Karen Wesolowski was preparing some lessons in her office after school that day. The secretary was gone for the day, but she had left the radio on. Annoyed, Karen stepped into the main office to turn it off. She wished she could toss the radio out the window and be done with it. As she switched it off, she saw the district social worker, Mary Helen Michaels, Tommy, and a woman she didn’t know start to leave the building. She tapped on the floor-to-ceiling glass. All four heads turned to look at her.

Tommy waved sadly. "Bye, Mrs. Wesolowski."

Through the window, Karen’s eyes met Mary Helen’s. Miss Michaels shook her head ever so slightly. Karen knew exactly what she meant. Tommy was leaving.

"Wait!" Karen shouted and held up her index finger for a moment. She trotted back to her office, and grabbed a box out of her desk drawer.

She met the quartet in the hall outside the office.

"Take the rest of these," Karen handed the box of strawberry Nutragrain bars to Tommy. "There’s only one gone."

"Are you sure you don’t want them?"

She smiled as bravely as she could. "They’re all yours."

He reached up and hugged her. "I’ll miss you."

"Take care, Tommy." Once they left the building, Karen went back to her office, shut the door and cried.

The DCFS caseworker and the district social worker were startled at the condition of the apartment. Even so, they both had seen worse.

"Where’s my mom?" Tommy asked.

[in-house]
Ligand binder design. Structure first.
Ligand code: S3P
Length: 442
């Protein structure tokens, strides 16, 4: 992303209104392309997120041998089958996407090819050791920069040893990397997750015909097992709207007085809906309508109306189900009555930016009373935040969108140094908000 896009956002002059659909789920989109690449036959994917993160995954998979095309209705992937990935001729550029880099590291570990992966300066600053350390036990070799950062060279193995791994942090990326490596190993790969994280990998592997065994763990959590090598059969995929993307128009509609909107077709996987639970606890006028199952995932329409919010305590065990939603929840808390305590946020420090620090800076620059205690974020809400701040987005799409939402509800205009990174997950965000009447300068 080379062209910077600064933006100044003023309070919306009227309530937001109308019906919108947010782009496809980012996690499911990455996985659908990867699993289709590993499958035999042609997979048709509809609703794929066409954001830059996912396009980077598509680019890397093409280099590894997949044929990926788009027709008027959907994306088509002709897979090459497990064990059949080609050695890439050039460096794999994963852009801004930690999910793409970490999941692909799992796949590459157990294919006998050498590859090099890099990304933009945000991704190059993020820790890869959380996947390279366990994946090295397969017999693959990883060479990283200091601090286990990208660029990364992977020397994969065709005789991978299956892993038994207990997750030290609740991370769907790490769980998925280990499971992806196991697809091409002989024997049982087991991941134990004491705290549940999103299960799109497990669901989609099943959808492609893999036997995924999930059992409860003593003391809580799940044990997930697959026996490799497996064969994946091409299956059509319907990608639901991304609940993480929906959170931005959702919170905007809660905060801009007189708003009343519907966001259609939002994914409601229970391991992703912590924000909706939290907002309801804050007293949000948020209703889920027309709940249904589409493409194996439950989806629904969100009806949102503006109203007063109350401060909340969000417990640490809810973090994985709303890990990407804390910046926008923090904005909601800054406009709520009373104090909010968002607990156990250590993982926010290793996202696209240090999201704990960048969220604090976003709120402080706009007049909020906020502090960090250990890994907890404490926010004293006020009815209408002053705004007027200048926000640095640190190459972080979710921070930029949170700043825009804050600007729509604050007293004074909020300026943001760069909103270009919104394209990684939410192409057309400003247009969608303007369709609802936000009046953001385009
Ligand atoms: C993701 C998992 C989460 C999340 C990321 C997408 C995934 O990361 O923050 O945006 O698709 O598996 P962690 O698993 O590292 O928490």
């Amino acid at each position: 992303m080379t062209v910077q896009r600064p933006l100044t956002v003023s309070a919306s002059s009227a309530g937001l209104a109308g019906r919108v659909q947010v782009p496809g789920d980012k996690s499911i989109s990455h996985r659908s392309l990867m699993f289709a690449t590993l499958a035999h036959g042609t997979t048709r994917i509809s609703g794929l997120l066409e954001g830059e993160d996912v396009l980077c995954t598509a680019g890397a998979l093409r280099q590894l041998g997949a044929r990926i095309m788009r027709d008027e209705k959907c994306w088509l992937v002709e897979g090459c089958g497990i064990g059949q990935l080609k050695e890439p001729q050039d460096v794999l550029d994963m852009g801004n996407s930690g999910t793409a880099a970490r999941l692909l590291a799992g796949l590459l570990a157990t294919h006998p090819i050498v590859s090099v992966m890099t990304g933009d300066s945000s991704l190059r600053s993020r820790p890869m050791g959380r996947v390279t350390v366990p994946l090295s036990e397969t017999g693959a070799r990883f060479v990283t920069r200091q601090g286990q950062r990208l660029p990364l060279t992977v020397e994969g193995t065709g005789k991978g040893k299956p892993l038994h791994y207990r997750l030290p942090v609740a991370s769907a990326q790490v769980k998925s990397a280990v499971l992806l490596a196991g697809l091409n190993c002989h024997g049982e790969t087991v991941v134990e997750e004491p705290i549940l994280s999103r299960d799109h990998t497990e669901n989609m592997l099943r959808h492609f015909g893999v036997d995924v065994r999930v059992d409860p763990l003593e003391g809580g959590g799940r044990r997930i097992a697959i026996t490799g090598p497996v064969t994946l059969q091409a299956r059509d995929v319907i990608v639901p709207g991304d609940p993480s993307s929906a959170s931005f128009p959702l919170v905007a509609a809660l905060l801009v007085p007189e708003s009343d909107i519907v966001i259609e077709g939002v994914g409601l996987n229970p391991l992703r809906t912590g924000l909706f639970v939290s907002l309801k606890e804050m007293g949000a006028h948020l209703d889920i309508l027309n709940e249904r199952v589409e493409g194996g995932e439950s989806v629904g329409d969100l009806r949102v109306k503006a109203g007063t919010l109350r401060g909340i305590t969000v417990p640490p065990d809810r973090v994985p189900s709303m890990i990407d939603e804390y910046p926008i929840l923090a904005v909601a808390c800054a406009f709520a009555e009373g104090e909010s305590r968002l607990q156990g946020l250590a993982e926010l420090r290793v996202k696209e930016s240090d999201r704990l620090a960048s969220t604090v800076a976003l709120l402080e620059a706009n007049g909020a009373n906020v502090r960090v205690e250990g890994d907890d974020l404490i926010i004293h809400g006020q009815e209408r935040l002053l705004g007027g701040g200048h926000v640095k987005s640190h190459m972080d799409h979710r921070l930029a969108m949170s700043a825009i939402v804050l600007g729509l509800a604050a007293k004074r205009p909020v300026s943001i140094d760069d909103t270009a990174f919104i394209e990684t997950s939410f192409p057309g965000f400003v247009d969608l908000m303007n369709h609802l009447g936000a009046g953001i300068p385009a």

The two professionals exchanged glances. The DCFS worker took a deep breath and explained. "She’s sick. You mom has a drug problem."

"I know," Tommy mumbled.

"You are probably going back to St. Luke’s."


The two women stayed longer to help the boy pack his few belongings into plastic Jewel grocery bags. There were holy pairs of underwear, faded jeans, threadbare T-shirts and a filthy little leather jacket.

They had expected the boy to be more emotional. In fact, children in Tommy’s position often became inconsolable or hysterical. Instead he seemed calm, resigned, almost relieved that it was happening.

Tommy really did love his mom, for all that she neglected him and he would miss her. But at St. Luke’s, there would be three meals a day. He would sleep in a bed, not the living room couch, and the bed would have clean sheets. Peggy, his housemother, had been nice to him. He had made new friends and had fun at camp. And maybe he would get to see Brian again.

"Do you have everything?" The social worker asked.

"Buddy! I’ve got to get Buddy." The boy quickly left the room and within a minute returned with a tattered, brown stuffed dog.

The irony of the situation struck the two workers immediately. Here was a boy who had performed sex acts to survive. He was cold and calculating enough to have a standing appointment with some high school boys underneath the bleachers at the football field. He didn’t seen to have too much remorse about the things he had done or about the fact he was leaving the apartment for good, or his school or teachers. He didn’t even seem too shaken that he couldn’t see his mom. Yet, he was sentimental enough to have a stuffed animal.

The social worker bent over. Her eyes got misty. "He must be pretty special," she said, pretending to scratch behind the dog’s ears.

"He is. He’s my best friend."

Thanks for reading, hope you enjoyed it. As always, your comments and suggestions are welcome. Just click on one of the links below. And don't forget to check out my website and my other story here on Nifty, Pocketful of Stars, in the Young Friends section.